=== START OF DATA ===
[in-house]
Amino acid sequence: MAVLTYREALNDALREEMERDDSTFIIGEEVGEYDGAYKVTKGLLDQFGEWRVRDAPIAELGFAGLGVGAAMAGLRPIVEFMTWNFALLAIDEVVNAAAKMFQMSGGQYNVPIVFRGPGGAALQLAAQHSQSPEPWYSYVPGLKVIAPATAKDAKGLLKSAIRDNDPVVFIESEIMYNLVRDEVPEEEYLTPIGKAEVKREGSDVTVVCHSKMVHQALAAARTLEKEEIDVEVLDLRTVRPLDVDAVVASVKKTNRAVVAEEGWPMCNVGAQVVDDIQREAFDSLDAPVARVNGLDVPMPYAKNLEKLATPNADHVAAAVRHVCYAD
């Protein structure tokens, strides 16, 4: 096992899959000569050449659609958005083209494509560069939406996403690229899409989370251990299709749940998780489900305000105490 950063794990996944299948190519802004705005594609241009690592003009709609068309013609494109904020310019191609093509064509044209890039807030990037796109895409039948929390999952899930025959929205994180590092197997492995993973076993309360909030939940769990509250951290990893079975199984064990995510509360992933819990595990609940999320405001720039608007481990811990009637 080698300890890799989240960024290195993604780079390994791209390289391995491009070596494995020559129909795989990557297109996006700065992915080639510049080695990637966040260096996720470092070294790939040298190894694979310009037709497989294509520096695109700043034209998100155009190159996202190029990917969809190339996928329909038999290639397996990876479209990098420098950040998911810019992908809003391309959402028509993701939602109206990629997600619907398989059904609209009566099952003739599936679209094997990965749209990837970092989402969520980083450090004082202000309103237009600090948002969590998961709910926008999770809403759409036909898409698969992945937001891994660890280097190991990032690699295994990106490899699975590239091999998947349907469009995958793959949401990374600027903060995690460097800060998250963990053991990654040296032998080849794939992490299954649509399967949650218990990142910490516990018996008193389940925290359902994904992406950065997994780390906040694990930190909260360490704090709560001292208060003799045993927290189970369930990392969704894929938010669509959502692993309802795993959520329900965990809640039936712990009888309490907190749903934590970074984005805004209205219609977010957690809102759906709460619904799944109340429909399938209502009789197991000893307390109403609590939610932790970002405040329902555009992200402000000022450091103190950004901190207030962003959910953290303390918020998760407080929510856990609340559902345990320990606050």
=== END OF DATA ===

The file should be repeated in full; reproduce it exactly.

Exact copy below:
[in-house]
Amino acid sequence: MAVLTYREALNDALREEMERDDSTFIIGEEVGEYDGAYKVTKGLLDQFGEWRVRDAPIAELGFAGLGVGAAMAGLRPIVEFMTWNFALLAIDEVVNAAAKMFQMSGGQYNVPIVFRGPGGAALQLAAQHSQSPEPWYSYVPGLKVIAPATAKDAKGLLKSAIRDNDPVVFIESEIMYNLVRDEVPEEEYLTPIGKAEVKREGSDVTVVCHSKMVHQALAAARTLEKEEIDVEVLDLRTVRPLDVDAVVASVKKTNRAVVAEEGWPMCNVGAQVVDDIQREAFDSLDAPVARVNGLDVPMPYAKNLEKLATPNADHVAAAVRHVCYAD
């Protein structure tokens, strides 16, 4: 096992899959000569050449659609958005083209494509560069939406996403690229899409989370251990299709749940998780489900305000105490 950063794990996944299948190519802004705005594609241009690592003009709609068309013609494109904020310019191609093509064509044209890039807030990037796109895409039948929390999952899930025959929205994180590092197997492995993973076993309360909030939940769990509250951290990893079975199984064990995510509360992933819990595990609940999320405001720039608007481990811990009637 080698300890890799989240960024290195993604780079390994791209390289391995491009070596494995020559129909795989990557297109996006700065992915080639510049080695990637966040260096996720470092070294790939040298190894694979310009037709497989294509520096695109700043034209998100155009190159996202190029990917969809190339996928329909038999290639397996990876479209990098420098950040998911810019992908809003391309959402028509993701939602109206990629997600619907398989059904609209009566099952003739599936679209094997990965749209990837970092989402969520980083450090004082202000309103237009600090948002969590998961709910926008999770809403759409036909898409698969992945937001891994660890280097190991990032690699295994990106490899699975590239091999998947349907469009995958793959949401990374600027903060995690460097800060998250963990053991990654040296032998080849794939992490299954649509399967949650218990990142910490516990018996008193389940925290359902994904992406950065997994780390906040694990930190909260360490704090709560001292208060003799045993927290189970369930990392969704894929938010669509959502692993309802795993959520329900965990809640039936712990009888309490907190749903934590970074984005805004209205219609977010957690809102759906709460619904799944109340429909399938209502009789197991000893307390109403609590939610932790970002405040329902555009992200402000000022450091103190950004901190207030962003959910953290303390918020998760407080929510856990609340559902345990320990606050």